"Now the serpent was the most cunning of all the wild animals that the Lord God had made. He said to the woman, “Did God really say, ‘You can’t eat from any tree in the garden’?” The woman said to the serpent, “We may eat the fruit from the trees in the garden. But about the fruit of the tree in the middle of the garden, God said, ‘You must not eat it or touch it, or you will die.’” “No! You will not die,” the serpent said to the woman. “In fact, God knows that when you eat it your eyes will be opened and you will be like God, knowing good and evil.” Then the woman saw that the tree was good for food and delightful to look at, and that it was desirable for obtaining wisdom. So she took some of its fruit and ate it; she also gave some to her husband, who was with her, and he ate it."
It would be easy to see that one of the things that caused Eve to commit the original sin was the desire for knowledge, but that’s not the whole story. It says, “then the woman saw that the tree was good for food and delightful to look at.” We depict this “fruit” as an apple (idk about you, but not super tempting to me), but what if we pictured it as a tub of ice cream or a bowl of chips and queso? Maybe then we can start to understand that this temptation towards food that Eve didn’t need (she had the rest of the garden) was actually her being tempted into gluttony. She chose to satisfy a craving for a good looking piece of fruit over her relationship with God.
I don’t want to come across as though I’m shaming people (like me) who enjoy a good piece of chocolate cake, a bowl (or tub) of ice cream, or even chips and queso. I just say this to say that I think we’ve somehow forgotten that gluttony is sin. As a church, we’ve dove into being careful not to “fat shame,” which is 100% a direction we should go in, but we threw the baby out with the bath water and forgot that God calls us to have a healthy relationship with food—one that is below our relationship with Him.
Lastly, I just want to say that it doesn’t matter if you are 90 pounds or 350 pounds, you ARE NOT fat. You HAVE fat, just like almost everyone else in the world does, except maybe Olympic athletes, but that is NOT your identity. We have to be careful which identity we decide to take up. Whether you struggle with gluttony or anorexia, God desires that you know your true identity is A DAUGHTER OF THE MOST HIGH KING.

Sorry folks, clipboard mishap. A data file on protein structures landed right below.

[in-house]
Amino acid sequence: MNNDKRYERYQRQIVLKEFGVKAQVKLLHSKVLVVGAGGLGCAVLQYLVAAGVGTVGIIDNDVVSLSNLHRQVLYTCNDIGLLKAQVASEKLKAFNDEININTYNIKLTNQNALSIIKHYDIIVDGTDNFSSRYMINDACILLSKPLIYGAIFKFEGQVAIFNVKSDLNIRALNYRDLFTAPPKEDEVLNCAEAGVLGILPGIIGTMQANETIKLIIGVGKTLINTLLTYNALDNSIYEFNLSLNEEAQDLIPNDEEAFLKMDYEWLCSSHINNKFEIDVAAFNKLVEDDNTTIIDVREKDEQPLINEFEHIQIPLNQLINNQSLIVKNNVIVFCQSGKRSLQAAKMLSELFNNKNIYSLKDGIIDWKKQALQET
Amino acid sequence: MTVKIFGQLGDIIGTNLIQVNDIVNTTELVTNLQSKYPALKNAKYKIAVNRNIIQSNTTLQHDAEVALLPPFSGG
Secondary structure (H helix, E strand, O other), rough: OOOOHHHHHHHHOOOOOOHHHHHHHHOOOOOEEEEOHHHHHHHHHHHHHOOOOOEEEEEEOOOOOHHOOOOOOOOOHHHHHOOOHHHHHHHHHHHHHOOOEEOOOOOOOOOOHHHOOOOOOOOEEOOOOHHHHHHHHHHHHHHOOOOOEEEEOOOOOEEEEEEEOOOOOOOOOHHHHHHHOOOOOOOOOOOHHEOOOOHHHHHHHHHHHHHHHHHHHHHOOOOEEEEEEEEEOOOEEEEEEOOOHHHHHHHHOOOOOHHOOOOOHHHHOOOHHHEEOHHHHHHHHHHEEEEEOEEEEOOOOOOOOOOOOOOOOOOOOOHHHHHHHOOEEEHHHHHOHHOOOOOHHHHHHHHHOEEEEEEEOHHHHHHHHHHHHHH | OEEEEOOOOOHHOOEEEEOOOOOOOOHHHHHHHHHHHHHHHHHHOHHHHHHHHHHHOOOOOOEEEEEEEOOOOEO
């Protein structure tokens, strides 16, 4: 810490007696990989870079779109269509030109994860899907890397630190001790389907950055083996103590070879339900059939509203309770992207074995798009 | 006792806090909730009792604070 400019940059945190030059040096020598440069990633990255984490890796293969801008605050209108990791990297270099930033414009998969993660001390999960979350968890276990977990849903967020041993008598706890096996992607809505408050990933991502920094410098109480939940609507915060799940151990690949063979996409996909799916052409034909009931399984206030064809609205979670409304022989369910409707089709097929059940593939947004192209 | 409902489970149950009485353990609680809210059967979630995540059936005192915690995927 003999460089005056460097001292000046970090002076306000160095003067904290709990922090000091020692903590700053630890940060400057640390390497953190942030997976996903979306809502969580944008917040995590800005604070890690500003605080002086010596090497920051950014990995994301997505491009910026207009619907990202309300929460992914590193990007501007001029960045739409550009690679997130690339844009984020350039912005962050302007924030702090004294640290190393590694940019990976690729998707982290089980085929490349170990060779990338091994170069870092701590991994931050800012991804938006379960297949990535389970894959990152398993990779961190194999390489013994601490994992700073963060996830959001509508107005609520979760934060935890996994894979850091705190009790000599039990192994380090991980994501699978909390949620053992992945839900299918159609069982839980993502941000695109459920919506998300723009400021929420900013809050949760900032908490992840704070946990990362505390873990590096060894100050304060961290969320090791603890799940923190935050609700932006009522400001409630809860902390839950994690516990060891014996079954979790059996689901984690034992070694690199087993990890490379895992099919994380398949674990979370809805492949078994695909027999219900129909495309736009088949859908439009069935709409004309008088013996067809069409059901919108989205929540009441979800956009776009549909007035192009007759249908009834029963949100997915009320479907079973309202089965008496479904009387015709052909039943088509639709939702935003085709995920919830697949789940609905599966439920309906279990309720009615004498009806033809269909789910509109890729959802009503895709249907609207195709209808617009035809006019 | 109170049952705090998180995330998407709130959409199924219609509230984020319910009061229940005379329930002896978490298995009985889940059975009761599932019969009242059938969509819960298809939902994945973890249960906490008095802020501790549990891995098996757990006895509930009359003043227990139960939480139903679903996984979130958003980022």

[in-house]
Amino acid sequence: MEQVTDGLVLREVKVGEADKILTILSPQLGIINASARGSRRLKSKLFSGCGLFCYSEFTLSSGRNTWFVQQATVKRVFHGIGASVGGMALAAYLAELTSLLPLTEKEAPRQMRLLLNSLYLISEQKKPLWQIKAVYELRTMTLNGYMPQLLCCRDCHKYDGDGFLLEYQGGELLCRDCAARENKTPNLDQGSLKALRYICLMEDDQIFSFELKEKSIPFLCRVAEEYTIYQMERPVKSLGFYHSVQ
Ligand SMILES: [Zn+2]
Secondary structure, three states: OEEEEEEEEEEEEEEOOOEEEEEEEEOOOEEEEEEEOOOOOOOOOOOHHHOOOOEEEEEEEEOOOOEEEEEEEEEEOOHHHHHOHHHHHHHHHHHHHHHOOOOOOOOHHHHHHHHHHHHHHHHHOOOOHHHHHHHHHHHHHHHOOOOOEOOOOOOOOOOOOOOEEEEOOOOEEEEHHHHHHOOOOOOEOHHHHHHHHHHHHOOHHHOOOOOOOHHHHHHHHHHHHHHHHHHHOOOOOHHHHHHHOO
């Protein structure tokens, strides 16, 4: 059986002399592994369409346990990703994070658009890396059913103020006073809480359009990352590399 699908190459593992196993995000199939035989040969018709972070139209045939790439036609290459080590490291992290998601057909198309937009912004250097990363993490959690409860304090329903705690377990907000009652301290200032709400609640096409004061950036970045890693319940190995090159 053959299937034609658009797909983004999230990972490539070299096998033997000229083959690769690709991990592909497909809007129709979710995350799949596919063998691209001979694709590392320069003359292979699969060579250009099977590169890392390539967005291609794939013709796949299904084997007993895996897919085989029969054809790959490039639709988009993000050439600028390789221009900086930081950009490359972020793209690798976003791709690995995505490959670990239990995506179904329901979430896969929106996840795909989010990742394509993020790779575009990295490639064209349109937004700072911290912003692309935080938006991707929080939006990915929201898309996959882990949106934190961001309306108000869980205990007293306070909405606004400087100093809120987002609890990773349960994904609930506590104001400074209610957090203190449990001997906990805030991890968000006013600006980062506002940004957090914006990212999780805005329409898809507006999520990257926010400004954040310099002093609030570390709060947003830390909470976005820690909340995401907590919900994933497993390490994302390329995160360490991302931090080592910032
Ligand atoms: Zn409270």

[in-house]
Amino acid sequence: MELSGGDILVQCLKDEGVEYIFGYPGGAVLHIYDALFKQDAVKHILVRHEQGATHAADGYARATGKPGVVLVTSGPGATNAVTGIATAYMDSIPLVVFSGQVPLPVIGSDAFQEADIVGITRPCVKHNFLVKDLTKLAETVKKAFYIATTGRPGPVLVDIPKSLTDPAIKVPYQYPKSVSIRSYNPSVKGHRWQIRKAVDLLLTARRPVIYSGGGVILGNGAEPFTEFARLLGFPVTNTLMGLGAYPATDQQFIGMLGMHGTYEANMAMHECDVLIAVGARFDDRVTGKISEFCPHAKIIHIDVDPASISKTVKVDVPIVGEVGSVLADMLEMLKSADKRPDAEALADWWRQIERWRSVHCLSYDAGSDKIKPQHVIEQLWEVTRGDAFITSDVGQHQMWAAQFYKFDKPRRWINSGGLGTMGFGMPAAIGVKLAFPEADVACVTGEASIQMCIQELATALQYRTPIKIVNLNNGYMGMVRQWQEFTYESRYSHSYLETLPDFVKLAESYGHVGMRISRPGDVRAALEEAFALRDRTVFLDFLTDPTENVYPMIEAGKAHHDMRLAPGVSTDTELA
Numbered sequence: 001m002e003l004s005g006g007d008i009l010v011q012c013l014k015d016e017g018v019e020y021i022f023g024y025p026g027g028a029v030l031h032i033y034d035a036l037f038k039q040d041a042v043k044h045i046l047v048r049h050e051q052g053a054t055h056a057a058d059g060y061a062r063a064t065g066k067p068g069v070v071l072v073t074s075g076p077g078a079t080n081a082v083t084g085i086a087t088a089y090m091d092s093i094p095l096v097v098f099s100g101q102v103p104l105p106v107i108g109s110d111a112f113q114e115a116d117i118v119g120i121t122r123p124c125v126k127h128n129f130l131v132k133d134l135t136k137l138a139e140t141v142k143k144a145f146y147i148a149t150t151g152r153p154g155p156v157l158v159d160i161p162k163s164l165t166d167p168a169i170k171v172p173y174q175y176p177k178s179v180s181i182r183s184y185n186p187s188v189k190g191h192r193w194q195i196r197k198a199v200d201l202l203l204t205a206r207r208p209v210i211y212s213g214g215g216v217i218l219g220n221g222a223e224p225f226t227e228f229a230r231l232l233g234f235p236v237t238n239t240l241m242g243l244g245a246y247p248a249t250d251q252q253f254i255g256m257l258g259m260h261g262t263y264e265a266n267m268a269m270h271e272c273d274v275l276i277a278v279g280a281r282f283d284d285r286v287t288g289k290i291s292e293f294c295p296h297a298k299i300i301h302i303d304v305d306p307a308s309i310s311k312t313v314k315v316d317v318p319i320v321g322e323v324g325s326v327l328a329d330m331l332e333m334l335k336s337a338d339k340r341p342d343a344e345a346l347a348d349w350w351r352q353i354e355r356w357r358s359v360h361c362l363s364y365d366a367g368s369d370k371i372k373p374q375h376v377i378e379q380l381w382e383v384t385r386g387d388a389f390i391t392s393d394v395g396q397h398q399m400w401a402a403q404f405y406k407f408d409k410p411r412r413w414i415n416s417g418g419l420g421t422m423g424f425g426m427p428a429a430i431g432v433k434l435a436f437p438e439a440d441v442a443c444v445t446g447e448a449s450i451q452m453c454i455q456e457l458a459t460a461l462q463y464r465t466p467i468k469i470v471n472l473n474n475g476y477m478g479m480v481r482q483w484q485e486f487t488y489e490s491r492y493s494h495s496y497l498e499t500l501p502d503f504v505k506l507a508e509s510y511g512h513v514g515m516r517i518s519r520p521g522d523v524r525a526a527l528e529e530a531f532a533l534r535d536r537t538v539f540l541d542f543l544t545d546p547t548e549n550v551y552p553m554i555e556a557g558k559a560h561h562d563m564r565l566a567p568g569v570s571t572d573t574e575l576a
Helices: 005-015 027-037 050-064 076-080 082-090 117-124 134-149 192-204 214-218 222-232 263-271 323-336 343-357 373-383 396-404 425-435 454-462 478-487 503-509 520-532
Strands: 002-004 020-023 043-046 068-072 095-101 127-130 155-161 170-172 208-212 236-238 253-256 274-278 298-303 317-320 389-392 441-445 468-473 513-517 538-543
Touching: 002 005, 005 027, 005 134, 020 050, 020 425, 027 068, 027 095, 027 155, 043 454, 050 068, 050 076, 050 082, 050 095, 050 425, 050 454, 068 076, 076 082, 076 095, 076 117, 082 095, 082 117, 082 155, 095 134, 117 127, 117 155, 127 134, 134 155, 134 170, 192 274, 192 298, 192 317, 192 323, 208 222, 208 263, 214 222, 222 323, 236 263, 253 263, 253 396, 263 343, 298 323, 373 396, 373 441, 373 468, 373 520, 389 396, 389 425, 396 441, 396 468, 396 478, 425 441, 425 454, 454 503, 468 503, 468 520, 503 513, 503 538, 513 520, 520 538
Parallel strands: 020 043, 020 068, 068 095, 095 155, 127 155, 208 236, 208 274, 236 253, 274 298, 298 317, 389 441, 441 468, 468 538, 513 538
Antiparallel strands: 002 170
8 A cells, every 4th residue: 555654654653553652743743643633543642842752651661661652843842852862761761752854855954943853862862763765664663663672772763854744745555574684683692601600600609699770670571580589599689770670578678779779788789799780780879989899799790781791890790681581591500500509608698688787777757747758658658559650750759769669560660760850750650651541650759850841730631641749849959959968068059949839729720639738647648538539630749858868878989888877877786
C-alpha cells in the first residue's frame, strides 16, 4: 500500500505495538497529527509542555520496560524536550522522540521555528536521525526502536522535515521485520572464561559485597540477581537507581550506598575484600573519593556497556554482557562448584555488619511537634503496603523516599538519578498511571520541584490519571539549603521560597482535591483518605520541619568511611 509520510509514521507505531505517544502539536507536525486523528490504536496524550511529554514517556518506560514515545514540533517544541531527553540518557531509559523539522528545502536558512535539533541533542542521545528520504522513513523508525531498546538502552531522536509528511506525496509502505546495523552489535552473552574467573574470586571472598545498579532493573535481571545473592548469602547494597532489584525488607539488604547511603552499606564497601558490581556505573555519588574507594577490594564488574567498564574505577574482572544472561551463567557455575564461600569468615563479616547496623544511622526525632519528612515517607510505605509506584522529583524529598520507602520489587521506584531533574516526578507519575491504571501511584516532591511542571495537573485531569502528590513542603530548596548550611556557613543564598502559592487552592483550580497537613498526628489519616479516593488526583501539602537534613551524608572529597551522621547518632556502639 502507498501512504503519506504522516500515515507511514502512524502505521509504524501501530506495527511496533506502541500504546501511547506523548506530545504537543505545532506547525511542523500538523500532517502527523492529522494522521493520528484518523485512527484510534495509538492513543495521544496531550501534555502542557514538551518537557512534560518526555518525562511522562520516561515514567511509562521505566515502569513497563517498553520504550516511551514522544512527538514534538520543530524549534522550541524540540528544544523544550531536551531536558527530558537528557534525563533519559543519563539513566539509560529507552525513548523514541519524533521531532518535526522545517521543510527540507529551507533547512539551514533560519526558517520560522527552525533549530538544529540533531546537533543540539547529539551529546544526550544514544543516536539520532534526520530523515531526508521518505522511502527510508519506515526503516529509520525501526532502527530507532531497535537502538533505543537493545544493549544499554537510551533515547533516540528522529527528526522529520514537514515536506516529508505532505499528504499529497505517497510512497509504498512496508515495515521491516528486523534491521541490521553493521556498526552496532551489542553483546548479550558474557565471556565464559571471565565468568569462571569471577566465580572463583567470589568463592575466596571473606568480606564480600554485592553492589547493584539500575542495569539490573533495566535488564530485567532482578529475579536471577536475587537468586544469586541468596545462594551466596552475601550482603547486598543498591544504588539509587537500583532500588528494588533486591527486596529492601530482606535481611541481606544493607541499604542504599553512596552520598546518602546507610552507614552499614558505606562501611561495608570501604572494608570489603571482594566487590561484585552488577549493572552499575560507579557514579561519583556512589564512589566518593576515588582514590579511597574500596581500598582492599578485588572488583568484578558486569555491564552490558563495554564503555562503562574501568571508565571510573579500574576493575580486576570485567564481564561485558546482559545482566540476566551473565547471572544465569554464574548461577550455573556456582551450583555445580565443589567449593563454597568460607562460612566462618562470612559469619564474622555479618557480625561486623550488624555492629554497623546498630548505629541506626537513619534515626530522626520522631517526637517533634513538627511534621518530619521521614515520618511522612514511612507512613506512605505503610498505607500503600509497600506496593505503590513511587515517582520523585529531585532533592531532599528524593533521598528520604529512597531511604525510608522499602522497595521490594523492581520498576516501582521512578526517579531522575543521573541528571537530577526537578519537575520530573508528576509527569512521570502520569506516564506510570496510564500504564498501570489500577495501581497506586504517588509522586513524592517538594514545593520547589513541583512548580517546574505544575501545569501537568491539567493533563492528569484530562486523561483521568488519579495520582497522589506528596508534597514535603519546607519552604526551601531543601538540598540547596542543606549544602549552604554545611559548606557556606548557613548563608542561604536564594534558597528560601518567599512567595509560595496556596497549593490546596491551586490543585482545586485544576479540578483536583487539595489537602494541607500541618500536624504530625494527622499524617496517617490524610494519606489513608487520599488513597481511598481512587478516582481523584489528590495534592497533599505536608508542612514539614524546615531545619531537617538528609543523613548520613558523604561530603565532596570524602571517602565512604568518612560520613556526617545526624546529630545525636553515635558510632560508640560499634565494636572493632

I can’t tell you that as I write this that I don’t wish I were thinner or am not thinking about what my next meal will be, but I’m working to put into practice what I know. Isn’t that the hard part? We learn something and it makes perfect sense, but then when it comes time to put it into practice, we can’t seem to do it. Let’s pursue this together. I shared the stories from my past because I think there's a lot of talk about how these types of encounters can lead to anorexia or bulimia, but there's not so much talk about how it can push someone to overeat or use food as their coping mechanism. Somehow the media has portrayed some eating disorders as glamorous and almost a thing girls should aim to have, while portraying others as disgusting and shameful. If you're on the side that's portayed as shameful like me, know you're not alone.
If you’ve been through any this or are going through it now, would you leave a comment below? How have you developed a healthy relationship with food? You don’t even have to use your name! Make a fake name like at Starbucks. It’s fine.
God so desires for us to be so so hungry. Hungry for Him.